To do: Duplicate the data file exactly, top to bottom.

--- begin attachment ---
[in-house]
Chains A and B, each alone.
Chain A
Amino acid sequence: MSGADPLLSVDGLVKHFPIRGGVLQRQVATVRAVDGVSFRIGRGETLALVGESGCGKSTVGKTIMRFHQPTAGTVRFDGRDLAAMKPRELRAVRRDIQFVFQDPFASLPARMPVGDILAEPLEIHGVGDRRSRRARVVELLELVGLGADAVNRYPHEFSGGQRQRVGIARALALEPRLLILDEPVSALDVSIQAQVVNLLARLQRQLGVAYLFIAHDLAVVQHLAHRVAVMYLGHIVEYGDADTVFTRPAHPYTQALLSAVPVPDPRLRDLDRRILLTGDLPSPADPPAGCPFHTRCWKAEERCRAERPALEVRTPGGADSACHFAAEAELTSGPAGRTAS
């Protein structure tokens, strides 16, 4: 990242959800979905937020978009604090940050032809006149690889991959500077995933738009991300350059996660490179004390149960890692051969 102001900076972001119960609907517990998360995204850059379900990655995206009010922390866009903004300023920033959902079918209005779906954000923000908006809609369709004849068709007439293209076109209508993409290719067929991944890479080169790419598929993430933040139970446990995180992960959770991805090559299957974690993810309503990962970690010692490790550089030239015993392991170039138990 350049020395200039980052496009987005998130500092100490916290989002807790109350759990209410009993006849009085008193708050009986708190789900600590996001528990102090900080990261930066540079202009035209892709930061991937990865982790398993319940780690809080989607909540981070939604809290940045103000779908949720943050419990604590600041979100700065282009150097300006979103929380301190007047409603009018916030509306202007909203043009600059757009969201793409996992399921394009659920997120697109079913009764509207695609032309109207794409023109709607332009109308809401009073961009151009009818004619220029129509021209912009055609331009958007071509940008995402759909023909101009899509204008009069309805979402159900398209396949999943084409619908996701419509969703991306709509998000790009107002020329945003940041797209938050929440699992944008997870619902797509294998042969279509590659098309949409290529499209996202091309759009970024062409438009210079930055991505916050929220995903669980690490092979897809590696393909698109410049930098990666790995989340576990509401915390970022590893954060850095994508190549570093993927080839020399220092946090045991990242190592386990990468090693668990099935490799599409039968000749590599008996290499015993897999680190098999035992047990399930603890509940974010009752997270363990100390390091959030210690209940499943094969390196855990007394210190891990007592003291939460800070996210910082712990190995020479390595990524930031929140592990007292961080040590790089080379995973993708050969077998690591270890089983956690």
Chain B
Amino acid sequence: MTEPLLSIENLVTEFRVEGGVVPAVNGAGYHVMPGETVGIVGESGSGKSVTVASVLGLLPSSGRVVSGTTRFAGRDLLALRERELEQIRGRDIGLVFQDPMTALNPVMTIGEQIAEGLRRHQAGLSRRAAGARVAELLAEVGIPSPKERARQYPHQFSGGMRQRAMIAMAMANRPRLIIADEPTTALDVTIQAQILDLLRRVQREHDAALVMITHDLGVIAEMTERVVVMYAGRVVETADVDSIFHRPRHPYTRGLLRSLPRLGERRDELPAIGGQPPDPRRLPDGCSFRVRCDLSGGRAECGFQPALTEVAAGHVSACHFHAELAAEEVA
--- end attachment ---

[in-house]
Chains A and B, each alone.
Chain A
Amino acid sequence: MSGADPLLSVDGLVKHFPIRGGVLQRQVATVRAVDGVSFRIGRGETLALVGESGCGKSTVGKTIMRFHQPTAGTVRFDGRDLAAMKPRELRAVRRDIQFVFQDPFASLPARMPVGDILAEPLEIHGVGDRRSRRARVVELLELVGLGADAVNRYPHEFSGGQRQRVGIARALALEPRLLILDEPVSALDVSIQAQVVNLLARLQRQLGVAYLFIAHDLAVVQHLAHRVAVMYLGHIVEYGDADTVFTRPAHPYTQALLSAVPVPDPRLRDLDRRILLTGDLPSPADPPAGCPFHTRCWKAEERCRAERPALEVRTPGGADSACHFAAEAELTSGPAGRTAS
């Protein structure tokens, strides 16, 4: 990242959800979905937020978009604090940050032809006149690889991959500077995933738009991300350059996660490179004390149960890692051969 102001900076972001119960609907517990998360995204850059379900990655995206009010922390866009903004300023920033959902079918209005779906954000923000908006809609369709004849068709007439293209076109209508993409290719067929991944890479080169790419598929993430933040139970446990995180992960959770991805090559299957974690993810309503990962970690010692490790550089030239015993392991170039138990 350049020395200039980052496009987005998130500092100490916290989002807790109350759990209410009993006849009085008193708050009986708190789900600590996001528990102090900080990261930066540079202009035209892709930061991937990865982790398993319940780690809080989607909540981070939604809290940045103000779908949720943050419990604590600041979100700065282009150097300006979103929380301190007047409603009018916030509306202007909203043009600059757009969201793409996992399921394009659920997120697109079913009764509207695609032309109207794409023109709607332009109308809401009073961009151009009818004619220029129509021209912009055609331009958007071509940008995402759909023909101009899509204008009069309805979402159900398209396949999943084409619908996701419509969703991306709509998000790009107002020329945003940041797209938050929440699992944008997870619902797509294998042969279509590659098309949409290529499209996202091309759009970024062409438009210079930055991505916050929220995903669980690490092979897809590696393909698109410049930098990666790995989340576990509401915390970022590893954060850095994508190549570093993927080839020399220092946090045991990242190592386990990468090693668990099935490799599409039968000749590599008996290499015993897999680190098999035992047990399930603890509940974010009752997270363990100390390091959030210690209940499943094969390196855990007394210190891990007592003291939460800070996210910082712990190995020479390595990524930031929140592990007292961080040590790089080379995973993708050969077998690591270890089983956690």
Chain B
Amino acid sequence: MTEPLLSIENLVTEFRVEGGVVPAVNGAGYHVMPGETVGIVGESGSGKSVTVASVLGLLPSSGRVVSGTTRFAGRDLLALRERELEQIRGRDIGLVFQDPMTALNPVMTIGEQIAEGLRRHQAGLSRRAAGARVAELLAEVGIPSPKERARQYPHQFSGGMRQRAMIAMAMANRPRLIIADEPTTALDVTIQAQILDLLRRVQREHDAALVMITHDLGVIAEMTERVVVMYAGRVVETADVDSIFHRPRHPYTRGLLRSLPRLGERRDELPAIGGQPPDPRRLPDGCSFRVRCDLSGGRAECGFQPALTEVAAGHVSACHFHAELAAEEVA